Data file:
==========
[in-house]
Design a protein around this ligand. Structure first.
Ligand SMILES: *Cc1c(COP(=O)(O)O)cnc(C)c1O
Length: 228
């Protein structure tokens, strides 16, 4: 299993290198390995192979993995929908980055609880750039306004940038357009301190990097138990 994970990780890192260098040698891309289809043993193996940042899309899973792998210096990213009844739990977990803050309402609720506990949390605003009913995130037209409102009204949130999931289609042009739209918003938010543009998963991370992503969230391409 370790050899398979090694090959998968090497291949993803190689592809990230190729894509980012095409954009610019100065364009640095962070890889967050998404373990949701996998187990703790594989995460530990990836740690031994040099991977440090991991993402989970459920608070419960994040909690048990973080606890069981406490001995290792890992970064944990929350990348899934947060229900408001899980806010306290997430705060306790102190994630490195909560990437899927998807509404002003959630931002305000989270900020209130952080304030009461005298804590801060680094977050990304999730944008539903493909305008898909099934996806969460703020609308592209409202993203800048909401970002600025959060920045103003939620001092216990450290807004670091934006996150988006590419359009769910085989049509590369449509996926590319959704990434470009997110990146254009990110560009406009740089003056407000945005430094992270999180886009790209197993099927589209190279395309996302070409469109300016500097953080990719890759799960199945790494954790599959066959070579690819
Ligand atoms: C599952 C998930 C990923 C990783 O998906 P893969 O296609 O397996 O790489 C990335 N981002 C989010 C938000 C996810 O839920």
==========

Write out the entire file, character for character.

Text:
[in-house]
Design a protein around this ligand. Structure first.
Ligand SMILES: *Cc1c(COP(=O)(O)O)cnc(C)c1O
Length: 228
């Protein structure tokens, strides 16, 4: 299993290198390995192979993995929908980055609880750039306004940038357009301190990097138990 994970990780890192260098040698891309289809043993193996940042899309899973792998210096990213009844739990977990803050309402609720506990949390605003009913995130037209409102009204949130999931289609042009739209918003938010543009998963991370992503969230391409 370790050899398979090694090959998968090497291949993803190689592809990230190729894509980012095409954009610019100065364009640095962070890889967050998404373990949701996998187990703790594989995460530990990836740690031994040099991977440090991991993402989970459920608070419960994040909690048990973080606890069981406490001995290792890992970064944990929350990348899934947060229900408001899980806010306290997430705060306790102190994630490195909560990437899927998807509404002003959630931002305000989270900020209130952080304030009461005298804590801060680094977050990304999730944008539903493909305008898909099934996806969460703020609308592209409202993203800048909401970002600025959060920045103003939620001092216990450290807004670091934006996150988006590419359009769910085989049509590369449509996926590319959704990434470009997110990146254009990110560009406009740089003056407000945005430094992270999180886009790209197993099927589209190279395309996302070409469109300016500097953080990719890759799960199945790494954790599959066959070579690819
Ligand atoms: C599952 C998930 C990923 C990783 O998906 P893969 O296609 O397996 O790489 C990335 N981002 C989010 C938000 C996810 O839920």